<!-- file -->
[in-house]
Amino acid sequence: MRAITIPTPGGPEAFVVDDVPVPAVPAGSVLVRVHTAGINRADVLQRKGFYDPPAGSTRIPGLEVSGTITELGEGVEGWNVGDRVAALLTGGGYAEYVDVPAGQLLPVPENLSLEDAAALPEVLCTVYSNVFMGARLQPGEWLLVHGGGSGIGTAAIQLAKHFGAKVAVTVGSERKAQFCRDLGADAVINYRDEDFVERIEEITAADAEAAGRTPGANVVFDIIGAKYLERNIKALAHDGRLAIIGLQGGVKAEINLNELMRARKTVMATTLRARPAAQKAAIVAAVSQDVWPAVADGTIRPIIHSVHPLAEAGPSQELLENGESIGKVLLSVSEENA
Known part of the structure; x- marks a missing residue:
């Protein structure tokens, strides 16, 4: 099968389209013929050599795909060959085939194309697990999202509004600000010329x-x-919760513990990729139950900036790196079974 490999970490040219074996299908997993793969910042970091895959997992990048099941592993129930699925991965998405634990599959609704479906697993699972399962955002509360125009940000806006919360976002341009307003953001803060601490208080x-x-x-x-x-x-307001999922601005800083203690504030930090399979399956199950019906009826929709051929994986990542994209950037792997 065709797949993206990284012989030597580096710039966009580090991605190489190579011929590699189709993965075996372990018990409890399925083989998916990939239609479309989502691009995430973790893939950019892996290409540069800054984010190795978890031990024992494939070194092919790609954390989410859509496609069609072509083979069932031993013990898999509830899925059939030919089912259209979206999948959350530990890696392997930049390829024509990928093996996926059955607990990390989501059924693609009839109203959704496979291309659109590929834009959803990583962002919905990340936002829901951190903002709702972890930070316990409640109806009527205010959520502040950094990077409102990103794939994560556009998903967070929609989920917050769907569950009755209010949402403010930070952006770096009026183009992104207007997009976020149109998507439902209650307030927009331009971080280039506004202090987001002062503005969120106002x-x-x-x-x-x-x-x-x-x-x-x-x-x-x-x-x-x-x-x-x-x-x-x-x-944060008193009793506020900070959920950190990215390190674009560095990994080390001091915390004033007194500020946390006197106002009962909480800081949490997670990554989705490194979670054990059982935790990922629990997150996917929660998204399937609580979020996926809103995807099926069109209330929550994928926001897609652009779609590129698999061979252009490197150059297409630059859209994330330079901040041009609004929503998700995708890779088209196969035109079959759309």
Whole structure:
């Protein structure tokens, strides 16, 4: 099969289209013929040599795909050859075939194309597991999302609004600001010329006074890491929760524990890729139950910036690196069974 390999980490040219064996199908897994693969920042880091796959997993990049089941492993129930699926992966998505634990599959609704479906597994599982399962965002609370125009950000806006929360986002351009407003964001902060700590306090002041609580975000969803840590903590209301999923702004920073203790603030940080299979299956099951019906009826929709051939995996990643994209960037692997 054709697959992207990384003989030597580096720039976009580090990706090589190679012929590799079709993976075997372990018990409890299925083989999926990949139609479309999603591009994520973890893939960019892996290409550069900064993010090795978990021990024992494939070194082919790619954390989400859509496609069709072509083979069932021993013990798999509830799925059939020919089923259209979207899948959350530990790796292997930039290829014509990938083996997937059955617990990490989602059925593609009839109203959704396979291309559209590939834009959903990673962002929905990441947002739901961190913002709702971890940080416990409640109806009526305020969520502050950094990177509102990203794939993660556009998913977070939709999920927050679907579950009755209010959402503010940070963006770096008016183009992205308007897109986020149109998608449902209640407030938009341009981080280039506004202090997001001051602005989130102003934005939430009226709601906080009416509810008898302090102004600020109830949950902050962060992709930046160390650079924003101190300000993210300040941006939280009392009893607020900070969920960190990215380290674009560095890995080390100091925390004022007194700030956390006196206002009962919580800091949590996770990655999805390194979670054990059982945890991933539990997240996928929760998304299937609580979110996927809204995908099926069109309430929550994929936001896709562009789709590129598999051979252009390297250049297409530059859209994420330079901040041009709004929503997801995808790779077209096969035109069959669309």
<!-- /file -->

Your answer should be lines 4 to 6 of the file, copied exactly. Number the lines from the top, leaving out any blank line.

């Protein structure tokens, strides 16, 4: 099968389209013929050599795909060959085939194309697990999202509004600000010329x-x-919760513990990729139950900036790196079974 490999970490040219074996299908997993793969910042970091895959997992990048099941592993129930699925991965998405634990599959609704479906697993699972399962955002509360125009940000806006919360976002341009307003953001803060601490208080x-x-x-x-x-x-307001999922601005800083203690504030930090399979399956199950019906009826929709051929994986990542994209950037792997 065709797949993206990284012989030597580096710039966009580090991605190489190579011929590699189709993965075996372990018990409890399925083989998916990939239609479309989502691009995430973790893939950019892996290409540069800054984010190795978890031990024992494939070194092919790609954390989410859509496609069609072509083979069932031993013990898999509830899925059939030919089912259209979206999948959350530990890696392997930049390829024509990928093996996926059955607990990390989501059924693609009839109203959704496979291309659109590929834009959803990583962002919905990340936002829901951190903002709702972890930070316990409640109806009527205010959520502040950094990077409102990103794939994560556009998903967070929609989920917050769907569950009755209010949402403010930070952006770096009026183009992104207007997009976020149109998507439902209650307030927009331009971080280039506004202090987001002062503005969120106002x-x-x-x-x-x-x-x-x-x-x-x-x-x-x-x-x-x-x-x-x-x-x-x-x-944060008193009793506020900070959920950190990215390190674009560095990994080390001091915390004033007194500020946390006197106002009962909480800081949490997670990554989705490194979670054990059982935790990922629990997150996917929660998204399937609580979020996926809103995807099926069109209330929550994928926001897609652009779609590129698999061979252009490197150059297409630059859209994330330079901040041009609004929503998700995708890779088209196969035109079959759309």
Whole structure:
């Protein structure tokens, strides 16, 4: 099969289209013929040599795909050859075939194309597991999302609004600001010329006074890491929760524990890729139950910036690196069974 390999980490040219064996199908897994693969920042880091796959997993990049089941492993129930699926992966998505634990599959609704479906597994599982399962965002609370125009950000806006929360986002351009407003964001902060700590306090002041609580975000969803840590903590209301999923702004920073203790603030940080299979299956099951019906009826929709051939995996990643994209960037692997 054709697959992207990384003989030597580096720039976009580090990706090589190679012929590799079709993976075997372990018990409890299925083989999926990949139609479309999603591009994520973890893939960019892996290409550069900064993010090795978990021990024992494939070194082919790619954390989400859509496609069709072509083979069932021993013990798999509830799925059939020919089923259209979207899948959350530990790796292997930039290829014509990938083996997937059955617990990490989602059925593609009839109203959704396979291309559209590939834009959903990673962002929905990441947002739901961190913002709702971890940080416990409640109806009526305020969520502050950094990177509102990203794939993660556009998913977070939709999920927050679907579950009755209010959402503010940070963006770096008016183009992205308007897109986020149109998608449902209640407030938009341009981080280039506004202090997001001051602005989130102003934005939430009226709601906080009416509810008898302090102004600020109830949950902050962060992709930046160390650079924003101190300000993210300040941006939280009392009893607020900070969920960190990215380290674009560095890995080390100091925390004022007194700030956390006196206002009962919580800091949590996770990655999805390194979670054990059982945890991933539990997240996928929760998304299937609580979110996927809204995908099926069109309430929550994929936001896709562009789709590129598999051979252009390297250049297409530059859209994420330079901040041009709004929503997801995808790779077209096969035109069959669309």